The following article was co-written with Michele Herman of JustTech
Open source software and open standards have many similarities but the legal frameworks under which each are created have real and important differences. Nonetheless there is an increasing desire to combine the benefits of both open source and standards in the development of new interoperable software-based technologies. The good news is that the differences in legal frameworks can be reconciled by giving care to the rules under which standards are developed. One key area of attention to achieve this end involves the copyright rules under which open source elements of standards are made available.
Of course, many thousands of standards have been developed for decades that are intended to be implemented in software, particularly in order to achieve interoperability. Such standards generate multiple competing commercial implementations, some of which have been developed through open source software (OSS) communities, while other commercial implementations remain proprietary. Standards setting organizations (SSOs) and OSS communities also develop (or contract for the development of) software to enable more rapid deployment of standards-based solutions. Examples include standards compliance testing and product certification test tools, and even complete reference implementations to aid in interoperability testing.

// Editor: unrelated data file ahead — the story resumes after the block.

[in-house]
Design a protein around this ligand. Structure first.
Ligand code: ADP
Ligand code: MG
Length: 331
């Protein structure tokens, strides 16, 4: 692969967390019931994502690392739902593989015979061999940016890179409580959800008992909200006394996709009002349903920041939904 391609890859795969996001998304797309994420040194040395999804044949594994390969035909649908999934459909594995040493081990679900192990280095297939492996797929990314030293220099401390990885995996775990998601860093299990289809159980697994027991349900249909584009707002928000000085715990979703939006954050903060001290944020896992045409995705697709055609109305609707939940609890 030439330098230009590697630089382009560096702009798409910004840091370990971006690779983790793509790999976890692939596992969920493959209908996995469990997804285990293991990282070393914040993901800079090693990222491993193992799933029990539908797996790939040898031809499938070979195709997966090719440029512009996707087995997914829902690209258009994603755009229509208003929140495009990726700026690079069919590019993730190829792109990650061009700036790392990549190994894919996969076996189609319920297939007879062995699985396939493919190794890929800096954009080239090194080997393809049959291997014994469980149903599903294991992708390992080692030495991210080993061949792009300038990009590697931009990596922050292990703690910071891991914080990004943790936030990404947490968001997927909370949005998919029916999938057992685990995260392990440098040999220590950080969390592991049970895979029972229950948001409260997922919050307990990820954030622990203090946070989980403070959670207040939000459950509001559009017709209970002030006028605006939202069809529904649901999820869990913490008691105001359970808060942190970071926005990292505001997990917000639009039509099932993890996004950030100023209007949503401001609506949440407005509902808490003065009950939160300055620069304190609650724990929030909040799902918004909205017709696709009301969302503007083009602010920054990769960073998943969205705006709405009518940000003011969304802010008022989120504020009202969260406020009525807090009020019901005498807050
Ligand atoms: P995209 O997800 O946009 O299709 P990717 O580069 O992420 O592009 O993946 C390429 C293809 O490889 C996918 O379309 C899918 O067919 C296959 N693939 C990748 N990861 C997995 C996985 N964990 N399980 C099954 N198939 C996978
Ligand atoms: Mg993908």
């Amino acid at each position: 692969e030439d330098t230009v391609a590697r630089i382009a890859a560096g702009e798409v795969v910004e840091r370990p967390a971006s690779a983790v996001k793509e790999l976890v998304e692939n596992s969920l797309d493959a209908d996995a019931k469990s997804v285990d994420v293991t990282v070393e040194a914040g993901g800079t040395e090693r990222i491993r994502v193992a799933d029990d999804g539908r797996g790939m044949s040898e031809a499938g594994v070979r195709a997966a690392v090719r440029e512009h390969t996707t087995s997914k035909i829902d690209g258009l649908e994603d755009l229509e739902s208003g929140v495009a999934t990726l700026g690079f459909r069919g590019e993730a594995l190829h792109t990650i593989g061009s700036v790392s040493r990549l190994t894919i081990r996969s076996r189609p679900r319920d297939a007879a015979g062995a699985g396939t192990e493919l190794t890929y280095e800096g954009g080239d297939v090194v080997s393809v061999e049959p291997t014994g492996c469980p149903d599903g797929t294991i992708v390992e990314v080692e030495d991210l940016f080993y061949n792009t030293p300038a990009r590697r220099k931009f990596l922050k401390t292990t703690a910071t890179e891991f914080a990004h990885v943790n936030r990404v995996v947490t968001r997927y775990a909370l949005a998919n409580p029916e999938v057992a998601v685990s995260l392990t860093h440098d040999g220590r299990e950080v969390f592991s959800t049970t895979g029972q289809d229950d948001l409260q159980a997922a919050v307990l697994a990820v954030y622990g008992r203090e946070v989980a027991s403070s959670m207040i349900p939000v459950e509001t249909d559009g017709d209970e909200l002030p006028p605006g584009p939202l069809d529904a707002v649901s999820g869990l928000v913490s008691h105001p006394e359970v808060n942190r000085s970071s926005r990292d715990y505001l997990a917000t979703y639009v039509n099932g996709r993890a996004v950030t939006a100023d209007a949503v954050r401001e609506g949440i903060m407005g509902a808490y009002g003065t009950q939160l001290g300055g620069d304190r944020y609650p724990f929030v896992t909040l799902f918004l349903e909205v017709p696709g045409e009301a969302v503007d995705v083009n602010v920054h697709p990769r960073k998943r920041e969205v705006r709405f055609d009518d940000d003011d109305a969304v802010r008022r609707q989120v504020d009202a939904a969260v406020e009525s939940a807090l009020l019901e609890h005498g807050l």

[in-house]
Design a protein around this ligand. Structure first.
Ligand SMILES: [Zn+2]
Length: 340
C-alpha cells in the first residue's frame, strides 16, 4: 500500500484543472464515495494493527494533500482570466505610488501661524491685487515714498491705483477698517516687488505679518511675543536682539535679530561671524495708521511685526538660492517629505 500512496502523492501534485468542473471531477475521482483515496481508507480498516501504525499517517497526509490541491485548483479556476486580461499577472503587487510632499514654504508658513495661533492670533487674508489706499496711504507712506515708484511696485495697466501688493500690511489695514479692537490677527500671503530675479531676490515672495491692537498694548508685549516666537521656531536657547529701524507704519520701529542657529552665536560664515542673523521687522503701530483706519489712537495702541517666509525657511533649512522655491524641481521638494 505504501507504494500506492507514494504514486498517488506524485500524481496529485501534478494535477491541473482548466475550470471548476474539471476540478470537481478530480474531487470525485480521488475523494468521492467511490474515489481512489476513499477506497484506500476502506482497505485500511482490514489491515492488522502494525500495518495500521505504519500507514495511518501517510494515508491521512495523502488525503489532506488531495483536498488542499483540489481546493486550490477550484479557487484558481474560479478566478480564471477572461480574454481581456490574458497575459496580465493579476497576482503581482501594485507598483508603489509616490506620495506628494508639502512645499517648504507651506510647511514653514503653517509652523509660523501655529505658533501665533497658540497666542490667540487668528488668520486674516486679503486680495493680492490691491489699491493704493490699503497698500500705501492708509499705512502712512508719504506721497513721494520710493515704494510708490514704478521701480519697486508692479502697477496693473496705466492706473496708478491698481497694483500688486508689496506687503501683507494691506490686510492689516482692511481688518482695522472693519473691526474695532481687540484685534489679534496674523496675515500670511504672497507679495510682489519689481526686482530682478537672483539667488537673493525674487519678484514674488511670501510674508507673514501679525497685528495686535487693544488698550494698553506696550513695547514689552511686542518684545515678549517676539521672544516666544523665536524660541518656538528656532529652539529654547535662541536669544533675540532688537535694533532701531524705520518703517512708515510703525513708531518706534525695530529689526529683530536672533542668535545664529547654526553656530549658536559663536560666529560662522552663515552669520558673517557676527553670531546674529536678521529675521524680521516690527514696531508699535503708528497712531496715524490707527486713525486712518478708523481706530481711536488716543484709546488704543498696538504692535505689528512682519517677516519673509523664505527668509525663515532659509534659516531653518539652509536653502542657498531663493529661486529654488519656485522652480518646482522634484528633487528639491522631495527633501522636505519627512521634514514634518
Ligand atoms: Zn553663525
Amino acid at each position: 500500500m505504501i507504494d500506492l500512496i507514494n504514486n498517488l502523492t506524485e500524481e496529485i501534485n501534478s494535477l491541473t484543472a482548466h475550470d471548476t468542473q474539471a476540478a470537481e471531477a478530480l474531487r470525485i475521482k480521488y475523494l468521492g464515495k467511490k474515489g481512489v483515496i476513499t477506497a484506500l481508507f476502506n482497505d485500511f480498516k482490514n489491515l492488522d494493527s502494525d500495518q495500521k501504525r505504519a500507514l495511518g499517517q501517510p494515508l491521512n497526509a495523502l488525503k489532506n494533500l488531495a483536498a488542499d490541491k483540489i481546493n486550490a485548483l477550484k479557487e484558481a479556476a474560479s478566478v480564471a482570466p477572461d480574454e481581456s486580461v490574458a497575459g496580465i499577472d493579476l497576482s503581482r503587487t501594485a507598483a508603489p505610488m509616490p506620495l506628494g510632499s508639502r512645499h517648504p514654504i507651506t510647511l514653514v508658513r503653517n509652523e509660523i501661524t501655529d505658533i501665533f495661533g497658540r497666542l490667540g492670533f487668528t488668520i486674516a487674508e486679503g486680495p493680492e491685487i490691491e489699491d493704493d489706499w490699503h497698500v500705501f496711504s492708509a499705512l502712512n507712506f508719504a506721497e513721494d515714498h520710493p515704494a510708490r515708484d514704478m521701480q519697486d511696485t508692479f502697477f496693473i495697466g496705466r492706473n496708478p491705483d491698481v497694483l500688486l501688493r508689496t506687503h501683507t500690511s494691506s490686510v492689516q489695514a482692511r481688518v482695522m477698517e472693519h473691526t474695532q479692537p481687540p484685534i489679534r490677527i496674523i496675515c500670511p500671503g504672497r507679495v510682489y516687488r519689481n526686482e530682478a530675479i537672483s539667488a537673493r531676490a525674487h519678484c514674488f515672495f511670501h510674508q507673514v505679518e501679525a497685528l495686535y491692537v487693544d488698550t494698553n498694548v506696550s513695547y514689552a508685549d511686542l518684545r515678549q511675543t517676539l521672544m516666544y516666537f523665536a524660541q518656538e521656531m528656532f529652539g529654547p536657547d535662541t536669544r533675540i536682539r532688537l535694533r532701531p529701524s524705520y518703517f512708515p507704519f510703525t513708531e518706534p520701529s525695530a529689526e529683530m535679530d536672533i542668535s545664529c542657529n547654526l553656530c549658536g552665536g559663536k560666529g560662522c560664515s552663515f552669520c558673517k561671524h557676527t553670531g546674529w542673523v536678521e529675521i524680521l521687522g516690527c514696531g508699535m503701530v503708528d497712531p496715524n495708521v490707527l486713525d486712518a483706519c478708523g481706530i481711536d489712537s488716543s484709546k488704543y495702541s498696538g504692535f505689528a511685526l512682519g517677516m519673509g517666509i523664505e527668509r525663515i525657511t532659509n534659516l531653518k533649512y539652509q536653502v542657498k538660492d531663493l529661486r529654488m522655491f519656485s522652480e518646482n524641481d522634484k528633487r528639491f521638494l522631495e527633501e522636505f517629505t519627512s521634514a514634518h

The mere development and use of software by SSOs in these ways has for the most part not given rise to conflicts with traditional SSO patent policies that permit participants to license their essential patent claims (i.e., those patent claims that would be infringed by implementing the standard), on fair, reasonable and non-discriminatory (FRAND) terms. The intellectual property rights (IPR) policies of most (but not all) SSOs provide that FRAND terms may include reasonable royalties or other reasonable license fees. SSOs with such patent policies are referred to in this article as FRAND SSOs.